Every month is black history month to me. I dig into all the black history I can find. When I tell people that I am into reading and studying black history they usually look at me with a puzzled look and ask “Why?” as if to say, “What’s a white guy doing that for?”
Here are some of my reasons:
1) I find most of the black history makers to be amazing people who overcame almost impossible odds. For example, men and women who were held by intimidation and violence in forced bondage, denied any education, and treated like animals, courageously found ways to survive without hatred. Many found ways to escape and to tell (and write) their stories in some of America’s greatest literature called slave narratives.
2) Black history reveals many cruel secrets of American history, what I call hidden history. Without black (and Native American) history, American history is whitewashed and incomplete. I want to know the whole story of American history, not just the parts that make America look good.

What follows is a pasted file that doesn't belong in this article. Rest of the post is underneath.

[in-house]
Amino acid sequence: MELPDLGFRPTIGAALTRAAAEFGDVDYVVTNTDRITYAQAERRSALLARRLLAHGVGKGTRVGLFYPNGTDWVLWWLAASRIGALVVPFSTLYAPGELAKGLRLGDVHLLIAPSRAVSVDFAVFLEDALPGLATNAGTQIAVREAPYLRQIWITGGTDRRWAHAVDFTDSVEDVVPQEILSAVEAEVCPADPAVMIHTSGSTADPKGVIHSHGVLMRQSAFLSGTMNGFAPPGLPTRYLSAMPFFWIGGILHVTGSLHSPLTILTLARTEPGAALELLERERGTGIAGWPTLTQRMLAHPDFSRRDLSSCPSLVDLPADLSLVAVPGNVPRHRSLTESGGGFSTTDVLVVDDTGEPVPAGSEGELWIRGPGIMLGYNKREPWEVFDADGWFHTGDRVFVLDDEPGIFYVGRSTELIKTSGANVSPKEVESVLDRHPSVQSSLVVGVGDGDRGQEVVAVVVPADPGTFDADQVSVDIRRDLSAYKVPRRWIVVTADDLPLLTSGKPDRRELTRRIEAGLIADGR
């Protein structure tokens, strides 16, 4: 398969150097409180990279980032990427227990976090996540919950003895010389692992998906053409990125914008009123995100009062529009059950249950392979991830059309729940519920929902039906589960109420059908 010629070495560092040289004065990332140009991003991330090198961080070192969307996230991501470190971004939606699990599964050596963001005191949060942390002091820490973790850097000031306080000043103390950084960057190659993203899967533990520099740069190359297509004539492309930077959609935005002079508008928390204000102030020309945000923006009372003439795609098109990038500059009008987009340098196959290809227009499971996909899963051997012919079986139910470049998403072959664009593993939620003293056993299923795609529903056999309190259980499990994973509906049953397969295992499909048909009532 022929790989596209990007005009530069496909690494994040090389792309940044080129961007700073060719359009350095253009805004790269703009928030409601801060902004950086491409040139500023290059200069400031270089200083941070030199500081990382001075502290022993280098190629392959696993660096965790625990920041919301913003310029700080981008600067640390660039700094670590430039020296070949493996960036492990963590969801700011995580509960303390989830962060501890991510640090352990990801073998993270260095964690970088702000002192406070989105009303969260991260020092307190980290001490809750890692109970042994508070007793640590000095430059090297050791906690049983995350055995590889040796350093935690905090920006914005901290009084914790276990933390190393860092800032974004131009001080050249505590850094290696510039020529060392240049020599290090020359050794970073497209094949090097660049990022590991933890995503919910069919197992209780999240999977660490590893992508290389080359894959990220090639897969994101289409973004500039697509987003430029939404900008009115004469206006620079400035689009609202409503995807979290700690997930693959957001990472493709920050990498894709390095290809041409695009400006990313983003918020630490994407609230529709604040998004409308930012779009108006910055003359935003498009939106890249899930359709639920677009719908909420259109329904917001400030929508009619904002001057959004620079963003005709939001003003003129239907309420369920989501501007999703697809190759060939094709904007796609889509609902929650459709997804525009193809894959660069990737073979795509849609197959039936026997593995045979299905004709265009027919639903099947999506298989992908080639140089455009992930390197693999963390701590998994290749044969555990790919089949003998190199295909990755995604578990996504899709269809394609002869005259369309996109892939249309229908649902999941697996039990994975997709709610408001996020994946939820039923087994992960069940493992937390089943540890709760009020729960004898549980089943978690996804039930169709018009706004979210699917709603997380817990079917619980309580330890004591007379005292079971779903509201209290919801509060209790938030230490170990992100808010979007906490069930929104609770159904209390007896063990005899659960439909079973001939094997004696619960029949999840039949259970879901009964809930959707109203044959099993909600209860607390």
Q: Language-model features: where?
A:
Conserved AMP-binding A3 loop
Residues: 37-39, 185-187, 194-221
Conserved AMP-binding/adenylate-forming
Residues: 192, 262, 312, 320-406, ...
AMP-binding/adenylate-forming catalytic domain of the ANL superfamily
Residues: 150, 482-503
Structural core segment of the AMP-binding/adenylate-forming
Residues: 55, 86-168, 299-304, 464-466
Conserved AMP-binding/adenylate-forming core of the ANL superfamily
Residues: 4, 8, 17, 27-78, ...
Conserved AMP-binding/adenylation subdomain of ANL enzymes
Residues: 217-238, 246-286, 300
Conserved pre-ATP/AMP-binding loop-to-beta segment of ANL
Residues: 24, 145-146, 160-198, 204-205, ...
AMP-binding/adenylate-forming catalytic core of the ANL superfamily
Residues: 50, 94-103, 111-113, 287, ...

3) As a white guy, I want to understand the full American experience, not just my own or the experience of people with a similar skin shade. I want to, as much as I can, learn from their experiences.
4) To ignore black history is a form of denial — a pretending that it didn’t happen or was irrelevant.
5) I find black history both inspiring and heart-rending. It makes me feel great pain and compassion for those who suffered unjustly on our shores and it amazes me with the human ability to overcome. “The Negro’s past, this endless struggle to achieve and reveal a human identity, human authority; yet contains for all its horror, something very beautiful.” –James Baldwin
6) When I read black history I discover and am challenged by a passionate Christian faith and trust in God that is a rarity in our time period.